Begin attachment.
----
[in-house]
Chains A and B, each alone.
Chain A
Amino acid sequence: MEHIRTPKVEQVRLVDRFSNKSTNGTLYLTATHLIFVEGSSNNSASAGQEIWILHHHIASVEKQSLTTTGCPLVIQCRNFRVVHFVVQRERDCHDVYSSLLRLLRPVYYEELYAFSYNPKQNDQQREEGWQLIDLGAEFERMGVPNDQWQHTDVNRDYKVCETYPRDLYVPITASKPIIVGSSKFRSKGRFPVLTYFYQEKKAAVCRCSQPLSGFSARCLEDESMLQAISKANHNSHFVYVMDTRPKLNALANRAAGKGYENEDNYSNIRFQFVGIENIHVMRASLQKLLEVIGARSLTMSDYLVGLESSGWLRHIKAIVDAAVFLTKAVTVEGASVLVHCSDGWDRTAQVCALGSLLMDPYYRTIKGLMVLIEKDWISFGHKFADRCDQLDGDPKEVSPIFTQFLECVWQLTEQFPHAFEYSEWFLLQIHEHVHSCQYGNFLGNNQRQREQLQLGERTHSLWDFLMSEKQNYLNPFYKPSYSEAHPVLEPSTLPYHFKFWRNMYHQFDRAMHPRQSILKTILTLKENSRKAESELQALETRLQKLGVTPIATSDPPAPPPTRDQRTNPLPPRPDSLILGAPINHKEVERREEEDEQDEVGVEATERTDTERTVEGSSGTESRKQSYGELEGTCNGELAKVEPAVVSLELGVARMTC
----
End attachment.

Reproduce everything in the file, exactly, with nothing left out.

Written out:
[in-house]
Chains A and B, each alone.
Chain A
Amino acid sequence: MEHIRTPKVEQVRLVDRFSNKSTNGTLYLTATHLIFVEGSSNNSASAGQEIWILHHHIASVEKQSLTTTGCPLVIQCRNFRVVHFVVQRERDCHDVYSSLLRLLRPVYYEELYAFSYNPKQNDQQREEGWQLIDLGAEFERMGVPNDQWQHTDVNRDYKVCETYPRDLYVPITASKPIIVGSSKFRSKGRFPVLTYFYQEKKAAVCRCSQPLSGFSARCLEDESMLQAISKANHNSHFVYVMDTRPKLNALANRAAGKGYENEDNYSNIRFQFVGIENIHVMRASLQKLLEVIGARSLTMSDYLVGLESSGWLRHIKAIVDAAVFLTKAVTVEGASVLVHCSDGWDRTAQVCALGSLLMDPYYRTIKGLMVLIEKDWISFGHKFADRCDQLDGDPKEVSPIFTQFLECVWQLTEQFPHAFEYSEWFLLQIHEHVHSCQYGNFLGNNQRQREQLQLGERTHSLWDFLMSEKQNYLNPFYKPSYSEAHPVLEPSTLPYHFKFWRNMYHQFDRAMHPRQSILKTILTLKENSRKAESELQALETRLQKLGVTPIATSDPPAPPPTRDQRTNPLPPRPDSLILGAPINHKEVERREEEDEQDEVGVEATERTDTERTVEGSSGTESRKQSYGELEGTCNGELAKVEPAVVSLELGVARMTC